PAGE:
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I am not responsible for falling pump prices, oil markets are: Ruto » Capital News


NAIROBI, KENYA, Dec 16President William Ruto has announced the anticipated easing of pump prices in the county in January as global oil prices fall.

President Ruto stated Saturday that he is not responsible for the falling of fuel prices, saying that the fluctuations in oil prices are the result of decisions by oil producers across the globe.

He was speaking during a thanksgiving Mass at Cardinal Otunga Mosocho High School in Kisii County.

“Do not clap for me. I have done nothing whatsoever for the fuel prices to drop. I am not in any way responsible for the drop and increase of oil prices, there are other parties including oil producers who took the decision to reduce the prices,” Ruto said.

“What I can tell you right now is that those who produce this oil have decided to drop the prices.”

He called on those asking him to adjust fuel prices further down to desist from pressuring him saying he has no power to do so.

The President said that he will do his best to execute his mandate including reducing the cost of living, creating job opportunities and improving the living standards of Kenyans.

Ruto said that majority of Kenya’s problems stem from deceptive leaders who have continued to mislead Kenyans instead of delivering services to them.

“The biggest challenge we are facing today in the country is poor leadership. There are no miracles, but the only way to serve Kenyans is through hard work,” he said.

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Sh5 drop in petrol prices

On December 14, the Energy and Petroleum Regulatory Authority (EPRA) revised pump prices downwards with Super Petrol, Diesel and Kerosene decreasing by Sh 5.00 per litre, Sh 2.00 per litre and Sh 4.01 per litre respectively.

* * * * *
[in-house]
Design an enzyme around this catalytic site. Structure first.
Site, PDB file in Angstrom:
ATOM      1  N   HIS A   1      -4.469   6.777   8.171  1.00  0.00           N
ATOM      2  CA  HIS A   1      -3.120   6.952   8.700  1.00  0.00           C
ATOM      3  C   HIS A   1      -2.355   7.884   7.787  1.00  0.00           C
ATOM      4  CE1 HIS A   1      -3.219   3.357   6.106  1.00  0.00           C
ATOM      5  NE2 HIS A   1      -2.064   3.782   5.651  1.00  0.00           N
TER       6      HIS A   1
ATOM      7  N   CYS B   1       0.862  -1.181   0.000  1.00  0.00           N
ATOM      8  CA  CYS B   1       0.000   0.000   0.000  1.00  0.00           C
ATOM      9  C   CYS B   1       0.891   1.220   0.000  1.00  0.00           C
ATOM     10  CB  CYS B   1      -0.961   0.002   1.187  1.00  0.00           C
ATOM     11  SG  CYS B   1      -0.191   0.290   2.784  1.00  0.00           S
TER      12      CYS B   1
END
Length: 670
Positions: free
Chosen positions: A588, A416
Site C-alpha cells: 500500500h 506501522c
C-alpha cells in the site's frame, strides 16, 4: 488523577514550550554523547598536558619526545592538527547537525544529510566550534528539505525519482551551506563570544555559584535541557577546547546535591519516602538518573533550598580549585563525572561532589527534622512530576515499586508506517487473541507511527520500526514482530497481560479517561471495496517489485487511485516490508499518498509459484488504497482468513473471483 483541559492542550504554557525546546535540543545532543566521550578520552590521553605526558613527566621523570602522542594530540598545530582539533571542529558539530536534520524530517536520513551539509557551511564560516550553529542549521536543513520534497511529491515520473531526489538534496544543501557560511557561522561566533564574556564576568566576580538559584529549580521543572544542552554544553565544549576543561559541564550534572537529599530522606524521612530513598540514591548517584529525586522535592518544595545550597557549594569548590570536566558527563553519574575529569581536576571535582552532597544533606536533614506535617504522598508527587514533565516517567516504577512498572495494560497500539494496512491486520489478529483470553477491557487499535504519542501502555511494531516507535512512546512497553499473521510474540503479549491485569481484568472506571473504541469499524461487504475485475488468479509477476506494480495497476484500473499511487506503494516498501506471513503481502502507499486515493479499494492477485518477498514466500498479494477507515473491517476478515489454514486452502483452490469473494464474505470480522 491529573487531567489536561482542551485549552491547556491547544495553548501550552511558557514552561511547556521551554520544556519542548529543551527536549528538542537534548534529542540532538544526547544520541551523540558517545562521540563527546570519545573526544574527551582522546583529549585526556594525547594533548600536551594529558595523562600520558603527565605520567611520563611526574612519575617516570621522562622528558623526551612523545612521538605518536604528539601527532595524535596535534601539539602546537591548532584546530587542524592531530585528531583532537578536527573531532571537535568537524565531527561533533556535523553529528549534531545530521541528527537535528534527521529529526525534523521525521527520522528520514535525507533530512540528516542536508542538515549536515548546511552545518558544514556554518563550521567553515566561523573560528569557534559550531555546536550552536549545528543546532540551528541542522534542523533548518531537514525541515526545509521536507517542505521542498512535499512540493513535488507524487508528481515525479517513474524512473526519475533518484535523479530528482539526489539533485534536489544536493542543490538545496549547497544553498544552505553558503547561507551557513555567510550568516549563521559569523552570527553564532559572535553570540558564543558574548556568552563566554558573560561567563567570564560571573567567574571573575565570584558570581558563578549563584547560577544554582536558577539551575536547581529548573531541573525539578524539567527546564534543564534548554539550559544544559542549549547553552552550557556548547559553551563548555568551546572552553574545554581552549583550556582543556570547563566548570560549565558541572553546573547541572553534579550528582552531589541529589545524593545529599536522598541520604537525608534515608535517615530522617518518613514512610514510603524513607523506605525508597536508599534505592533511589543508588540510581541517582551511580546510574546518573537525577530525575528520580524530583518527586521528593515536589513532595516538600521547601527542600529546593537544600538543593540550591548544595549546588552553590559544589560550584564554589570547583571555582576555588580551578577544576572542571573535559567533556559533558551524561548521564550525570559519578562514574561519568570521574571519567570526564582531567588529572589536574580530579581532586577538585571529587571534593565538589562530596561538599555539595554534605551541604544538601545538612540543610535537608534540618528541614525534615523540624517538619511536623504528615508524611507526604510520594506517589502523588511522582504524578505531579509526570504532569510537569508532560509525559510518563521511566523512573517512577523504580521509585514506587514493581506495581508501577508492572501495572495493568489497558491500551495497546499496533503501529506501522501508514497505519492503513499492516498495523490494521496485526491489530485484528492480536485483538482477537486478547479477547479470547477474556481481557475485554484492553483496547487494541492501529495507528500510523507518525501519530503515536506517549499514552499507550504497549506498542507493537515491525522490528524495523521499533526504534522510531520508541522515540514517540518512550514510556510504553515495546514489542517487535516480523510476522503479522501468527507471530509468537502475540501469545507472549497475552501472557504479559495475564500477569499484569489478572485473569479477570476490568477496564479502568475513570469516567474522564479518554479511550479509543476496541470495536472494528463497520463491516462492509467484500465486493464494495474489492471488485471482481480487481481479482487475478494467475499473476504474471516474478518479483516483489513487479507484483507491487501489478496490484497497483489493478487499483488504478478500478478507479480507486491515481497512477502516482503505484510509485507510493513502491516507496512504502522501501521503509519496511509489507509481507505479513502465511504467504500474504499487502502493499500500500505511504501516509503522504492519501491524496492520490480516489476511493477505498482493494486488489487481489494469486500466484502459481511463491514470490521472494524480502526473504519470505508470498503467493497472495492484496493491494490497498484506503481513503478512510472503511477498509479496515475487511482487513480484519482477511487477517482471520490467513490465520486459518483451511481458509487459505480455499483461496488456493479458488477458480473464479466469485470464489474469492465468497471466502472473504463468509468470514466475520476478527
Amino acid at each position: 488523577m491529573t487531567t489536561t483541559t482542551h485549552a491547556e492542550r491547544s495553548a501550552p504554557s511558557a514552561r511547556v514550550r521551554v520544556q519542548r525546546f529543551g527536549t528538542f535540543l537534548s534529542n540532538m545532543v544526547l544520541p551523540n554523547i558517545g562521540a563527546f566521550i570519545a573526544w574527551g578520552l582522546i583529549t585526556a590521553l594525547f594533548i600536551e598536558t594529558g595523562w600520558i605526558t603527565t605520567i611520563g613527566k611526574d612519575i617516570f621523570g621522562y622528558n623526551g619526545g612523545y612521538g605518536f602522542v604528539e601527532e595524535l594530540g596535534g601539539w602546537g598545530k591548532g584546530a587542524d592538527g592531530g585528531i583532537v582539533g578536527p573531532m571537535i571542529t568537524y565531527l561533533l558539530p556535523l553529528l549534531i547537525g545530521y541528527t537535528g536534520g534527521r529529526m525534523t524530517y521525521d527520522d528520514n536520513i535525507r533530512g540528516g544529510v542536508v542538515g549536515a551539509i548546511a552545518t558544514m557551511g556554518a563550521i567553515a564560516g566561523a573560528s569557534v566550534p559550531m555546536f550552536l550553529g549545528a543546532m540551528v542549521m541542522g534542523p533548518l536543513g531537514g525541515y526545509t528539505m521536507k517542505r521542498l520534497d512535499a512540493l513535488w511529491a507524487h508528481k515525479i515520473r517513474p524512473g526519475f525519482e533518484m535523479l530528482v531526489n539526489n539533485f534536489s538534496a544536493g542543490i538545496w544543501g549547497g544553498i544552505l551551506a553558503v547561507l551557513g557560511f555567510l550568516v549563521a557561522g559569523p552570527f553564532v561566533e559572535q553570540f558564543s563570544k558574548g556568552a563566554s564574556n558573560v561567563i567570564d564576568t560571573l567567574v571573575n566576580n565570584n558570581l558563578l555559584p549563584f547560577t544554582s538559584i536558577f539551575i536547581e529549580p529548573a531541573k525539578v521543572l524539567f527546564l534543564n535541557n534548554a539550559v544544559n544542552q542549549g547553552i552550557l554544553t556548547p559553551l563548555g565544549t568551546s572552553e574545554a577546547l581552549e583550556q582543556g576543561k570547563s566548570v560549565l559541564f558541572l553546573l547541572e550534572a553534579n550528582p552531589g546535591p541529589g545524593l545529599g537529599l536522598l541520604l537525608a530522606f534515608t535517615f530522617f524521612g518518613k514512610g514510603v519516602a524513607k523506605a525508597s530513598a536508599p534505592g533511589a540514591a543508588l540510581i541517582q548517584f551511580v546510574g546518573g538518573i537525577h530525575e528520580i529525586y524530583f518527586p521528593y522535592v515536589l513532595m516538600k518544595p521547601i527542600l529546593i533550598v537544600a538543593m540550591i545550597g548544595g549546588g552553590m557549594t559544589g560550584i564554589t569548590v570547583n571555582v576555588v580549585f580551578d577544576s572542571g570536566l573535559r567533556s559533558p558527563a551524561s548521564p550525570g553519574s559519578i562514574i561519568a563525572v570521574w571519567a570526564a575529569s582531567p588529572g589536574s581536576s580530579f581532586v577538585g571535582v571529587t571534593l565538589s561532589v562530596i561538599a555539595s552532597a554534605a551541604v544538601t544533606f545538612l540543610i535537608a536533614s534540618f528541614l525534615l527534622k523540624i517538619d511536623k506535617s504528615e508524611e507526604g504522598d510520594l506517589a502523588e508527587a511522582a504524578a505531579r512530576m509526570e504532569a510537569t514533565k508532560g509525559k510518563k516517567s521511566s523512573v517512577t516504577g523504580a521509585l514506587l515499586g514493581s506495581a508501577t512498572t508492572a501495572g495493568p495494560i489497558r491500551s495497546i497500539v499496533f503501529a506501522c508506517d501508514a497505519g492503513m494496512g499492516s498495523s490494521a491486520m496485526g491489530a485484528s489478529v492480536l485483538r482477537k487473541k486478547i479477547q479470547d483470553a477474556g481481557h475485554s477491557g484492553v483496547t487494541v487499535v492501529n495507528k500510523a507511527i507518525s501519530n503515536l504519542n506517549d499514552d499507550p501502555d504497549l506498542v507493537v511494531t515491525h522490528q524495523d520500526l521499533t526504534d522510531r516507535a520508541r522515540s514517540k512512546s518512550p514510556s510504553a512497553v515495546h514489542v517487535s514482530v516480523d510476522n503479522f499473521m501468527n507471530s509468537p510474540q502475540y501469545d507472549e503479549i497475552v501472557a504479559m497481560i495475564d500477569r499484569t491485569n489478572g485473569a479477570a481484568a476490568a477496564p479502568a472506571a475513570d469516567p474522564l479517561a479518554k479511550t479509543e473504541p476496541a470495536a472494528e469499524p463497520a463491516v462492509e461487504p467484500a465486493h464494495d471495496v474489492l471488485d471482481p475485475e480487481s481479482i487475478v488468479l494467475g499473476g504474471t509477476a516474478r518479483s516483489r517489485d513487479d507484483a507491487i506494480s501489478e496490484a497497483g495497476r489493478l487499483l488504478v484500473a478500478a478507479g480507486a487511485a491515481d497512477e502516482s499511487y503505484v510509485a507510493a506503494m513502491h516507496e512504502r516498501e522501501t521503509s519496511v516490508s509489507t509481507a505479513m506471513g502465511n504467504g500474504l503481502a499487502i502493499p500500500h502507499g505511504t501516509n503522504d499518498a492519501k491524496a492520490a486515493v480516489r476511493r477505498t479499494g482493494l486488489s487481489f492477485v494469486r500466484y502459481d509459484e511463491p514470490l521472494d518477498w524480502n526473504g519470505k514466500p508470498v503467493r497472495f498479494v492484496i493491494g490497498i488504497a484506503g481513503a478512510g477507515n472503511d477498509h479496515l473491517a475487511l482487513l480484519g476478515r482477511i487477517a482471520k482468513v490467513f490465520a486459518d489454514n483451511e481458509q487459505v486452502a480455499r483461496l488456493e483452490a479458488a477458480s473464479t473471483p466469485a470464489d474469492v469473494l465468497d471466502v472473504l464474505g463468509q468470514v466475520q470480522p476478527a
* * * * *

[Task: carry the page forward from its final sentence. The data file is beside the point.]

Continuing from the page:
A litre of petrol, diesel, and kerosene is now retailing at Sh212.36, Sh201.47, and Sh199.05 in Nairobi.

EPRA said it calculated the new retail prices of petroleum products which will be in force from December 15, 2023 to January 14, 2024 in accordance with Section 101(y) of the Petroleum Act 2019 and Legal Notice No.192 of 2022, according to EPRA.

EPRA said the prices are inclusive of the 16 per cent Value Added Tax (VAT) in line with the provisions of the Finance Act 2023, the Tax Laws (Amendment) Act 2020 and the revised rates for excise duty adjusted for inflation as per Legal Notice No. 194 of 2020.

“The average landed cost of imported Super Petrol decreased by 16.11 per cent from US$827.75 per cubic metre in October 2023 to US$694.44 per cubic metre in November 2023; Diesel decreased by 5.43 per cent from US$873.42 per cubic metre to US$826.01 per cubic metre while Kerosene decreased by 6.63 per cent from US$813.90 per cubic metre to US$759.93 per cubic metre,” EPRA said on December 14.

The energy regulator explained that the country imports all its petroleum product requirements in refined form. It noted that a pricing benchmark provided by S&P Global Platts provides a basis for the prices.

To further cushion the economy, EPRA explained it cross-subsidized diesel with Super Petrol adding that the government had opted to stabilize the resultant diesel price.

“Government through the National Treasury has identified resources within the current resource envelope to compensate Oil Marketing Companies,” EPRA said.

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